With the burgeoning of the Internet, secure access to data is essential. The subject invention implements security by using a novel approach in comparison to the current software trends and prior art systems. That is, instead of creating `embedded` access code which goes into a client or a server at creation time, and which must be conveyed to the server, which therefore must be opened up to these general request, the subject invention teaches extracting, managing, and executing the access code exclusively and dynamically on the server for the described 3-tier system. As a result, one embodiment of the subject invention relating to relational data store allows an architecture which never exposes the data store's native SQL interfaces to the Internet. This approach eliminates the risk created by open SQL interface based clients. The only SQL which can be executed is controlled down to the table, field, and operations defined using the object schema manager 203 and is made available from only inside of the corporate network and firewall. This means that organizations can feel secure in knowing that hackers cannot steal passwords and create rogue, destructive, malicious, and/or prying clients which could potentially corrupt, steal, and/or destroy valuable corporate data, unlike other systems currently available which simply rely on passwords and encryption instead of also creating architectural obstructions.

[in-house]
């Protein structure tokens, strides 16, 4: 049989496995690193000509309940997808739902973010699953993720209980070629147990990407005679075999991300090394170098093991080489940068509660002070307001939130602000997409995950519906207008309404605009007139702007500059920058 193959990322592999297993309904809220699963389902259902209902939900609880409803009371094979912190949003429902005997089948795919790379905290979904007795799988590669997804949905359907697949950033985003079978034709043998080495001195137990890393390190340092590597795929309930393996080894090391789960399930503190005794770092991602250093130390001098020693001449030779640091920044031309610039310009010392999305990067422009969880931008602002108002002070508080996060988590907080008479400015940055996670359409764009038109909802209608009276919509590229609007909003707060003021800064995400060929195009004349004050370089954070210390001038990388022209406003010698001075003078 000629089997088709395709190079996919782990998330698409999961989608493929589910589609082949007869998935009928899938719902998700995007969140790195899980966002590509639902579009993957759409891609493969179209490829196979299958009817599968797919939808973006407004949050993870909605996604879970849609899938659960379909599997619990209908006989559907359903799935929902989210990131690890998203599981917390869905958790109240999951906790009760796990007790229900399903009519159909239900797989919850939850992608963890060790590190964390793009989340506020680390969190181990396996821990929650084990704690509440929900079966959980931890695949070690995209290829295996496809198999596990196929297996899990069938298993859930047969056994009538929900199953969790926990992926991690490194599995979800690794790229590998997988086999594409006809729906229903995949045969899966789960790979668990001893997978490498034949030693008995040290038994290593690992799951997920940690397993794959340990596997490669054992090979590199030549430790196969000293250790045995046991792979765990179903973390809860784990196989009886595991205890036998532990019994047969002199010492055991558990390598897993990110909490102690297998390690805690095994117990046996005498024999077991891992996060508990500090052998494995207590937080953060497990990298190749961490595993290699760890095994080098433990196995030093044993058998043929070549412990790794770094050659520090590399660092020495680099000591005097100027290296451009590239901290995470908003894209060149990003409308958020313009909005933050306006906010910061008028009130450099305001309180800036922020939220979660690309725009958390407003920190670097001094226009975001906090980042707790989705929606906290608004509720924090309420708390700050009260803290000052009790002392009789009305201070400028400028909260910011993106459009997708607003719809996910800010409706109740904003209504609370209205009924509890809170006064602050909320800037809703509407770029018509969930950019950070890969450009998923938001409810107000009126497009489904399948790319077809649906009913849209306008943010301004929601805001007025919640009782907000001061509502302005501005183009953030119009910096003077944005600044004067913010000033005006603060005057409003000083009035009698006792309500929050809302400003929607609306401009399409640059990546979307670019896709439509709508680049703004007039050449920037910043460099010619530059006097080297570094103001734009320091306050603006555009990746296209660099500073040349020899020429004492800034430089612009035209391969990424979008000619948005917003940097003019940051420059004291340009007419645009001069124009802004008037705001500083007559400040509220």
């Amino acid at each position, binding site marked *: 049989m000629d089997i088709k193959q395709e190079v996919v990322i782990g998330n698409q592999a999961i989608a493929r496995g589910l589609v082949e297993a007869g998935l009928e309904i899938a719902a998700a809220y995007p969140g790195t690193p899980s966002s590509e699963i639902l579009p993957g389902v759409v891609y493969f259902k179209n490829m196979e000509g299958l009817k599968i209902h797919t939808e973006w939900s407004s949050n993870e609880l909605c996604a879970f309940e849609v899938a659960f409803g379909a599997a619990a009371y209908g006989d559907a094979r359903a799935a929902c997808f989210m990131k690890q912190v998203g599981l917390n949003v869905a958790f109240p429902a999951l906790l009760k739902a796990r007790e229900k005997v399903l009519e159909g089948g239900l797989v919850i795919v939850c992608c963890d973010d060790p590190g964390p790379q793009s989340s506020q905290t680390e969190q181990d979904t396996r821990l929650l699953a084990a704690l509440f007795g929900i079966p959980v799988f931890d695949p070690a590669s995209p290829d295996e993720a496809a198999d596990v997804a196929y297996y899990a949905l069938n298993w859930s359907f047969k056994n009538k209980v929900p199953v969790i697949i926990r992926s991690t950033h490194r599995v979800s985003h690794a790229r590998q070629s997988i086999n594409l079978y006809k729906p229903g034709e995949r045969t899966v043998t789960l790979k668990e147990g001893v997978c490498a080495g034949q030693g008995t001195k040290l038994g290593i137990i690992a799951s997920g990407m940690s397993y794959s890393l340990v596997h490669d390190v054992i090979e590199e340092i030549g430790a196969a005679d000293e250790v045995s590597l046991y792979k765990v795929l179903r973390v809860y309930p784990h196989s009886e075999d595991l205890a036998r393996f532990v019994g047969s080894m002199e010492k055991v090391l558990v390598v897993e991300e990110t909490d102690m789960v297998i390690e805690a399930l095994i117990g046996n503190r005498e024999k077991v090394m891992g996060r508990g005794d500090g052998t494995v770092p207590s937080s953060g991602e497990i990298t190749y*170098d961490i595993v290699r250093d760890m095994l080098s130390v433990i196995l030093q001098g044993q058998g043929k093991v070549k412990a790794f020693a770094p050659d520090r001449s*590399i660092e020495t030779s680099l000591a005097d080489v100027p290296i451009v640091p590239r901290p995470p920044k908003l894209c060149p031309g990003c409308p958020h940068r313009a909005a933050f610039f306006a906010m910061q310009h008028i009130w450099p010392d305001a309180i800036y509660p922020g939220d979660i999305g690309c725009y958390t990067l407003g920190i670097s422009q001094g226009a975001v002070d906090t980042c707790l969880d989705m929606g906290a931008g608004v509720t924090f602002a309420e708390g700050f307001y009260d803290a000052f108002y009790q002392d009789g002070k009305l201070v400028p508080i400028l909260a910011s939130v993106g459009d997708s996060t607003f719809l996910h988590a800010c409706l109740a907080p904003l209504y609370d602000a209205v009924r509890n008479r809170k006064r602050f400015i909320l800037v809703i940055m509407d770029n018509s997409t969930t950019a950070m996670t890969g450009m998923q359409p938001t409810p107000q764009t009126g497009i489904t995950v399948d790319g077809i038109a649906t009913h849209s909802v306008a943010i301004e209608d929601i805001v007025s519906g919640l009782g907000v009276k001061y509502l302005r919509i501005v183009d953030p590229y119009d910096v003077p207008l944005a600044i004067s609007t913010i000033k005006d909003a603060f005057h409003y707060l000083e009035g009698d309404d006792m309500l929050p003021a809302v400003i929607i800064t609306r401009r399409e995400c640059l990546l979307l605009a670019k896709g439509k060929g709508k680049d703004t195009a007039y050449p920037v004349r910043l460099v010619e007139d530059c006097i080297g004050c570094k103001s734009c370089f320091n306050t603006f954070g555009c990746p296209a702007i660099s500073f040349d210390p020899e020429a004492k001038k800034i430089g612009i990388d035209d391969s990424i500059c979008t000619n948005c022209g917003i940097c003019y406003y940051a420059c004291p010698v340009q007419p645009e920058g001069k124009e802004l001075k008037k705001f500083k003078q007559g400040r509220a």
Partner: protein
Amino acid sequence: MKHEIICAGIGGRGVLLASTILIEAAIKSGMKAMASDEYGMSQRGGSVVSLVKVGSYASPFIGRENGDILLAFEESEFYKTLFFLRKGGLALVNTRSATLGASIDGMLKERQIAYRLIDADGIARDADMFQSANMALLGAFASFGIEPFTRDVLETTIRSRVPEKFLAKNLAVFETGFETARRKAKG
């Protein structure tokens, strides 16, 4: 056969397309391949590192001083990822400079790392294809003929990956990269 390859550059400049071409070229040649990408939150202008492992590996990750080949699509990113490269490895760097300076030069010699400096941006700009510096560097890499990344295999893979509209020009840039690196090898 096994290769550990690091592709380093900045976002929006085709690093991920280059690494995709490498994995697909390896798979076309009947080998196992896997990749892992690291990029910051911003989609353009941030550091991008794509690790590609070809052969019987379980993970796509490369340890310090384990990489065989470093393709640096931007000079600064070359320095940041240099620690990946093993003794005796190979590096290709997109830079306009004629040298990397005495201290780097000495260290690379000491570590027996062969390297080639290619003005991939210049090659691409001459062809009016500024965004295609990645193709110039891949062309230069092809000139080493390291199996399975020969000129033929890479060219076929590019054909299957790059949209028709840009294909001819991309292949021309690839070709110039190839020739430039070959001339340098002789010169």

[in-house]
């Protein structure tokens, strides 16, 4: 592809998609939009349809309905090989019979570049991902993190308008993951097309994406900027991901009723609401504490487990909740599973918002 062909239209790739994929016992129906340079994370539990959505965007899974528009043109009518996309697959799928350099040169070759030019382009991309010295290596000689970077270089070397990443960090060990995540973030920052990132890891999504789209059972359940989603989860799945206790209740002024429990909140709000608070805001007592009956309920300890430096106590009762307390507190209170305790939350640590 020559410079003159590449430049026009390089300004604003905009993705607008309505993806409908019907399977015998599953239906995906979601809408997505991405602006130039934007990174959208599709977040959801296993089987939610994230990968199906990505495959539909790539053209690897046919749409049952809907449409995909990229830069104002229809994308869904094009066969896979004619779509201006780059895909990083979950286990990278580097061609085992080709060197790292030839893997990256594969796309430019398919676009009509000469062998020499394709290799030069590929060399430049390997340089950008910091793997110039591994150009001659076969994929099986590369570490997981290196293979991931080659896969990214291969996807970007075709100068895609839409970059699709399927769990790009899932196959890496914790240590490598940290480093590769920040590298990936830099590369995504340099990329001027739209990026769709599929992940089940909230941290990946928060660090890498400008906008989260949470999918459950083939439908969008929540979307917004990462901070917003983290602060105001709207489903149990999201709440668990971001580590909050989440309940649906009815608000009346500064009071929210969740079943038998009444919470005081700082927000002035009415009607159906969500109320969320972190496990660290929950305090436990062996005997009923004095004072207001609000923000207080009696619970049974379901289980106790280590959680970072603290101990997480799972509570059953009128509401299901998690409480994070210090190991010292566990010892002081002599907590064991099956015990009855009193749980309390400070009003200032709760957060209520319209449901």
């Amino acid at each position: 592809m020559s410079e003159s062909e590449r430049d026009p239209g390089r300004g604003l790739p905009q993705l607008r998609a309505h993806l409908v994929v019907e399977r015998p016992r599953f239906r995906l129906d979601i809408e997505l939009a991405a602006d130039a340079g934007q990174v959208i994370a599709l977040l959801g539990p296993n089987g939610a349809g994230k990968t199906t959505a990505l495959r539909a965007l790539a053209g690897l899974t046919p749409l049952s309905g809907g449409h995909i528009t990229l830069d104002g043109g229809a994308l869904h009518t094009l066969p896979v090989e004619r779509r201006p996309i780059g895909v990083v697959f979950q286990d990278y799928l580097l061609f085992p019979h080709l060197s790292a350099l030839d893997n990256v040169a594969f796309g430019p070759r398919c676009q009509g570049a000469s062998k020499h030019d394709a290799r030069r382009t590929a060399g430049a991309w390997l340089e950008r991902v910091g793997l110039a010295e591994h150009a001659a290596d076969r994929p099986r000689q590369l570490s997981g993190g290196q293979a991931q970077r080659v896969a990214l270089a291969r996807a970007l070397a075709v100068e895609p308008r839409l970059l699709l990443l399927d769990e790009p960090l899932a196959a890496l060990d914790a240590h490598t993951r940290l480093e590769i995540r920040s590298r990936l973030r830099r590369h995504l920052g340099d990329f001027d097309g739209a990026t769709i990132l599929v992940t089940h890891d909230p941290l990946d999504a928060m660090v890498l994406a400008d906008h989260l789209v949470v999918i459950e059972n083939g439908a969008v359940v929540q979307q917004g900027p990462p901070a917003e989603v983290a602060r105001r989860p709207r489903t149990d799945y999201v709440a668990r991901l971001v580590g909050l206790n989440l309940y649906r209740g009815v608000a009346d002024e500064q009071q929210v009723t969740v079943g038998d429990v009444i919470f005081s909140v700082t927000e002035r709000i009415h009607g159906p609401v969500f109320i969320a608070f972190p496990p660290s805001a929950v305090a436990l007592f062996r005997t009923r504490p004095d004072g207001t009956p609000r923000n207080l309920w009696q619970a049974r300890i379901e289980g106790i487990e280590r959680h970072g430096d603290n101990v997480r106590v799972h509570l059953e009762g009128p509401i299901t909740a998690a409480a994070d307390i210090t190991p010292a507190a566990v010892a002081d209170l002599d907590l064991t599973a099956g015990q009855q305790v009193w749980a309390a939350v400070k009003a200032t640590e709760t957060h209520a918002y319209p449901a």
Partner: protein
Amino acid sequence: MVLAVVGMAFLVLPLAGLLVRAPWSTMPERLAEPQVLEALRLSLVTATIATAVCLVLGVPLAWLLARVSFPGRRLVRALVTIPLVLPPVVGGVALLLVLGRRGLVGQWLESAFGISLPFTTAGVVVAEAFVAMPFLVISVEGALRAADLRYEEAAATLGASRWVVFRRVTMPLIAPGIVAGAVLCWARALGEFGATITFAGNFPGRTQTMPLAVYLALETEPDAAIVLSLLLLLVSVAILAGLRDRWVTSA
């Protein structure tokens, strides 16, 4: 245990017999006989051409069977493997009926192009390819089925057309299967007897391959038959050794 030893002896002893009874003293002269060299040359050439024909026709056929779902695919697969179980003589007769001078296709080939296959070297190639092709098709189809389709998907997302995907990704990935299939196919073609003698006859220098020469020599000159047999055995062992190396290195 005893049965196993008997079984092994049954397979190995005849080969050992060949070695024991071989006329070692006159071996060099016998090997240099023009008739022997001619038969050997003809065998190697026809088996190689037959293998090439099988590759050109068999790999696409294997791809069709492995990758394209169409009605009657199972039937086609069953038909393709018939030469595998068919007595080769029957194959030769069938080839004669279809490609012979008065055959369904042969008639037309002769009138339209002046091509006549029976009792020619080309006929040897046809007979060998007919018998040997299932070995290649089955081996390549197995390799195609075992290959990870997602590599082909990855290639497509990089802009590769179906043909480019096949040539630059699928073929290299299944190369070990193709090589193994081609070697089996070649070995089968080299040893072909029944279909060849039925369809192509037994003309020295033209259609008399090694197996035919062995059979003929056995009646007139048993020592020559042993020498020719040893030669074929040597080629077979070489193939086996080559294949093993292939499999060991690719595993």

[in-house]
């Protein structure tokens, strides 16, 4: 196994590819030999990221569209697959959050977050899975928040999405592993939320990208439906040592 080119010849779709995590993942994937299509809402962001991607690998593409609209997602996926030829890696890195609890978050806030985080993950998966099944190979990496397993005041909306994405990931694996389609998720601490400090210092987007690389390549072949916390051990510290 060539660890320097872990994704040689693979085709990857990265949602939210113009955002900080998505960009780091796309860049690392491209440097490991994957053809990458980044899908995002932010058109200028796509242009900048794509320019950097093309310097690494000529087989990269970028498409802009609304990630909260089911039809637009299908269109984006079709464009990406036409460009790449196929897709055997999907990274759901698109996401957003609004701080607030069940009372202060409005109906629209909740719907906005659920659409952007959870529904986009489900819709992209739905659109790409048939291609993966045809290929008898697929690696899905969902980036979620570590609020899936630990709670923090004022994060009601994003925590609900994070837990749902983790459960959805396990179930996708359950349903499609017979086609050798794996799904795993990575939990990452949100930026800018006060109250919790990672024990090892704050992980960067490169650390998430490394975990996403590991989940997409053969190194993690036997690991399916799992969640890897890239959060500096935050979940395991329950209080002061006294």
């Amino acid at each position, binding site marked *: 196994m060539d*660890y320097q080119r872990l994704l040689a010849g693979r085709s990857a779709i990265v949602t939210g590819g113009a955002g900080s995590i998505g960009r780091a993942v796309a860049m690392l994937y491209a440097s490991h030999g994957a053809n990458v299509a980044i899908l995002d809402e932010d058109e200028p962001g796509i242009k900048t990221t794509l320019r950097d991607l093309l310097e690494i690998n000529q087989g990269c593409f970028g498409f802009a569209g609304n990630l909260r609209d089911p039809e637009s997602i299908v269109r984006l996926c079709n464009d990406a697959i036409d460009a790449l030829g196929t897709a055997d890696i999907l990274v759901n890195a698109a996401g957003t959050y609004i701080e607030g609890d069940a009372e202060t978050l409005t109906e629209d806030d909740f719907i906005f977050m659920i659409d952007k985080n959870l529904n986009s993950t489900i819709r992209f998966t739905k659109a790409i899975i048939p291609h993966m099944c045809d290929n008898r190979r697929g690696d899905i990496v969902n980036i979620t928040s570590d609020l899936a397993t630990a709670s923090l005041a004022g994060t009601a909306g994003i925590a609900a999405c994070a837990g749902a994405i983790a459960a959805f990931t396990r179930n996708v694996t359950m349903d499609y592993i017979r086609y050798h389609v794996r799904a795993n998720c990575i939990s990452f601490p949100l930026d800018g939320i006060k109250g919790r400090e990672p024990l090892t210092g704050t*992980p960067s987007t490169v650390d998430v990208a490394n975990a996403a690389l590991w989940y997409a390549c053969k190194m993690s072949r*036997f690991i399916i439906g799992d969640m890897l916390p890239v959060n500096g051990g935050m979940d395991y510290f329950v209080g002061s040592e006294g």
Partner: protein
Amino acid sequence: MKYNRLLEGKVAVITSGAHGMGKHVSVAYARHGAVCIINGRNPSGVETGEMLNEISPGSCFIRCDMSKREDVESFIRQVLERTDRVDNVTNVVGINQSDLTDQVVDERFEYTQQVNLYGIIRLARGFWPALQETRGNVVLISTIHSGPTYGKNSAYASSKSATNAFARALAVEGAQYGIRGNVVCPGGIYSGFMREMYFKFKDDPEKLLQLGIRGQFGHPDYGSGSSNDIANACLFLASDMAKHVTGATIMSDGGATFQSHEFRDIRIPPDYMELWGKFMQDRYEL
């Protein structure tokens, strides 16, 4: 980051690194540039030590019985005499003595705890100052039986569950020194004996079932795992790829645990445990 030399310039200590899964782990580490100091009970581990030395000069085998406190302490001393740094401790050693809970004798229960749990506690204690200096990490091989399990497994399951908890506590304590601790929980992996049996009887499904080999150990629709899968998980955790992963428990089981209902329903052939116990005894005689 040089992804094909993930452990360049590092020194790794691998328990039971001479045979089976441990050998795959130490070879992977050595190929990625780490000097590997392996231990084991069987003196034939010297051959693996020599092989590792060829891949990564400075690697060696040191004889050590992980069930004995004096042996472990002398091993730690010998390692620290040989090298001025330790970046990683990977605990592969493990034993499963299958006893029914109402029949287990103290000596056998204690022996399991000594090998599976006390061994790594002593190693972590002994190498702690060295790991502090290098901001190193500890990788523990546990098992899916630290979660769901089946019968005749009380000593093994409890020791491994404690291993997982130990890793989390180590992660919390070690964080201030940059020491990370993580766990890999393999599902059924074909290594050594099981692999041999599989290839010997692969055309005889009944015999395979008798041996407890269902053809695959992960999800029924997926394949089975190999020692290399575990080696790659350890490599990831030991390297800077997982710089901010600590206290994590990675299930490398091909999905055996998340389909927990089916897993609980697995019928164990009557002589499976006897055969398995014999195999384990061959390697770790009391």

As noted earlier, the preferred embodiment of the subject invention was implemented using the Java programming language, because of its dynamic language support, focus on security, and its overall suitability for the Internet. In the interest of fullest possible disclosure, the following appendices comprise the partial listing of the preferred embodiment.
CocoDemo is a demo applet which uses the CocoBase three-tier adapter API to connect. Appendix A contains "CocoDemo.java" (Copyright © 1996, 1997 Thought, Inc., All rights reserved), the demo applet performing the object application functions and using the API, and "Customer.java" comprising a data object which implements the CBDrop serialization interface, and can therefore be cracked open and constructed by the subject invention.
CocoBeanslmpl and CocoPowder together comprise the implementation of the second adapter and actually handle the server side communication and process the meta data and object attributes, and which executes the SQL. Appendix B contains "CocoDriverInterface.java" (Copyright © 1996, 1997 Thought, Inc., All rights reserved), which implements the API that the first adapter and CocoBeanslmpl/CocoPowder classes both implement.
The present invention may be embodied in other specific forms without departing from the spirit or essential attributes thereof and, accordingly, reference should be made to the appended claims, rather than to the foregoing specification, as indicating the scope of the invention. ##SPC1##
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|U.S. Classification||1/1, 707/999.103, 707/999.102|
|Cooperative Classification||Y10S707/99943, Y10S707/99944, G06F17/30607|
|Mar 20, 1997||AS||Assignment|
Owner name: THOUGHT INC., CALIFORNIA
Free format text: ASSIGNMENT OF ASSIGNORS INTEREST;ASSIGNOR:MULLINS, WARD;REEL/FRAME:008620/0354
Effective date: 19970319